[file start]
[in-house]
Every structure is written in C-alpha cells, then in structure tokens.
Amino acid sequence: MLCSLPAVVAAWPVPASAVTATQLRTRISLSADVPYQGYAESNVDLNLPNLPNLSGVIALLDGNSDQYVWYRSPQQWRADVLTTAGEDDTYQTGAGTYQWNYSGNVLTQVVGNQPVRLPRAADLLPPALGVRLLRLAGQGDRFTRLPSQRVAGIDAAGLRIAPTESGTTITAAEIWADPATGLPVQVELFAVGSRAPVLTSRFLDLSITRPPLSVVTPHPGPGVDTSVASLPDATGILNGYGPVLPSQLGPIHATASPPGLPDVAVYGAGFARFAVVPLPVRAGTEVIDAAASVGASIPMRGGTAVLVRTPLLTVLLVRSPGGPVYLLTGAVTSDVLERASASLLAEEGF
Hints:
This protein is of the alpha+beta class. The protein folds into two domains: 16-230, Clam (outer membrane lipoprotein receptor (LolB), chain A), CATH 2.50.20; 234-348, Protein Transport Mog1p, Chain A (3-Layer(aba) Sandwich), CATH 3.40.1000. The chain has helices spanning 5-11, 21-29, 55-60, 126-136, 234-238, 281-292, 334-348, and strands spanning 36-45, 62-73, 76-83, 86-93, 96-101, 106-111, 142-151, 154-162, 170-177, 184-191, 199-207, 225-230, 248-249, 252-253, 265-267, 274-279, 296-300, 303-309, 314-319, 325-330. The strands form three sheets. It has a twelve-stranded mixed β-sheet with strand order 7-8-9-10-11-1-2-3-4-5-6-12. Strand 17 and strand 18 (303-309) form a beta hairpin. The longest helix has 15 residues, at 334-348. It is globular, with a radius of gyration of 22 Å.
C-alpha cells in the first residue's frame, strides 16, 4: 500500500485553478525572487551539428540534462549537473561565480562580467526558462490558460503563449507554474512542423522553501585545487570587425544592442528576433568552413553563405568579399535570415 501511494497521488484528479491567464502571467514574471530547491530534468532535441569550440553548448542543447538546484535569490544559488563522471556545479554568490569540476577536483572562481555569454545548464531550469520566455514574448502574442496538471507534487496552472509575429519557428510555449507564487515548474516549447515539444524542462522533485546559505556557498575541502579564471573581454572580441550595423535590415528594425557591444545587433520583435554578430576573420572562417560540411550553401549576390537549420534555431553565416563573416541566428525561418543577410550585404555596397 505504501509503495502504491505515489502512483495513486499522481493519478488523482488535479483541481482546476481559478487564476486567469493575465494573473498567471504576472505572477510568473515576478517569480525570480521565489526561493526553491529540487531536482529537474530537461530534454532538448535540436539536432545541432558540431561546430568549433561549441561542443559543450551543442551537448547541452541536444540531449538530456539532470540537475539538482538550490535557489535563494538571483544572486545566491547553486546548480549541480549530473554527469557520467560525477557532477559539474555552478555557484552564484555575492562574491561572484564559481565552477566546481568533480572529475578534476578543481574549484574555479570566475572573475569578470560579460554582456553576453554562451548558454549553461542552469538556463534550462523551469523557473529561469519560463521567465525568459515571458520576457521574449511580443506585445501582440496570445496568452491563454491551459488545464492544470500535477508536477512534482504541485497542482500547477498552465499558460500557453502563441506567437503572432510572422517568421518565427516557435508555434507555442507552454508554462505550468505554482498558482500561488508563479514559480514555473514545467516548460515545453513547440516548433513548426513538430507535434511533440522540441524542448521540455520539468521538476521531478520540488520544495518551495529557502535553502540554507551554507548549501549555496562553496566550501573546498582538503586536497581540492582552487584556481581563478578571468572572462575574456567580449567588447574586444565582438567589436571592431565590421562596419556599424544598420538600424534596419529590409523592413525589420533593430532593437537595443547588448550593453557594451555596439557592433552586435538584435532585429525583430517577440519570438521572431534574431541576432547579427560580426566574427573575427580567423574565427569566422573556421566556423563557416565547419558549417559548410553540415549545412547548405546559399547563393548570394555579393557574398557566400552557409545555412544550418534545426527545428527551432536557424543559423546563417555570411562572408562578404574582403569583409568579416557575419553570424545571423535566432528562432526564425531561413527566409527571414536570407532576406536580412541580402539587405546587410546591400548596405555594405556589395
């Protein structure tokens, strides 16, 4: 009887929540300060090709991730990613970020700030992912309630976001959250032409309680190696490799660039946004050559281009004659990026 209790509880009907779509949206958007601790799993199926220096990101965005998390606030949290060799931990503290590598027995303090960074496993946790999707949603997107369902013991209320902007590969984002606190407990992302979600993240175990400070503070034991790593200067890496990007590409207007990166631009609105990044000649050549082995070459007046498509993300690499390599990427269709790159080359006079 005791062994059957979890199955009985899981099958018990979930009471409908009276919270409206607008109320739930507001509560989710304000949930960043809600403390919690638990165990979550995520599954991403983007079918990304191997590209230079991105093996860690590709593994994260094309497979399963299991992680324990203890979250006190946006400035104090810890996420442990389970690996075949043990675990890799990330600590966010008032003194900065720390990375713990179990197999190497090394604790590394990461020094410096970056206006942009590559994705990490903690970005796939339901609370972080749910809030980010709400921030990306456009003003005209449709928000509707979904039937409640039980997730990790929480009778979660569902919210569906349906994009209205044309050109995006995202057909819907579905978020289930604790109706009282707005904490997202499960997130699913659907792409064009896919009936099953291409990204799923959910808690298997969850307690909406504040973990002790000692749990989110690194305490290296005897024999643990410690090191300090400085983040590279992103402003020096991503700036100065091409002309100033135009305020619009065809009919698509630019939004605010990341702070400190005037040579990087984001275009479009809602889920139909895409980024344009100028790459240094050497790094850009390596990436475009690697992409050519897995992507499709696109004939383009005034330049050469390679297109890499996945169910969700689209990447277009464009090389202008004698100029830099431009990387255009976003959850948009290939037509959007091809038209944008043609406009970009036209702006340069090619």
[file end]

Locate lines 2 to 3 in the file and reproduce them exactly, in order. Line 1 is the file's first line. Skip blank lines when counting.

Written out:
Every structure is written in C-alpha cells, then in structure tokens.
Amino acid sequence: MLCSLPAVVAAWPVPASAVTATQLRTRISLSADVPYQGYAESNVDLNLPNLPNLSGVIALLDGNSDQYVWYRSPQQWRADVLTTAGEDDTYQTGAGTYQWNYSGNVLTQVVGNQPVRLPRAADLLPPALGVRLLRLAGQGDRFTRLPSQRVAGIDAAGLRIAPTESGTTITAAEIWADPATGLPVQVELFAVGSRAPVLTSRFLDLSITRPPLSVVTPHPGPGVDTSVASLPDATGILNGYGPVLPSQLGPIHATASPPGLPDVAVYGAGFARFAVVPLPVRAGTEVIDAAASVGASIPMRGGTAVLVRTPLLTVLLVRSPGGPVYLLTGAVTSDVLERASASLLAEEGF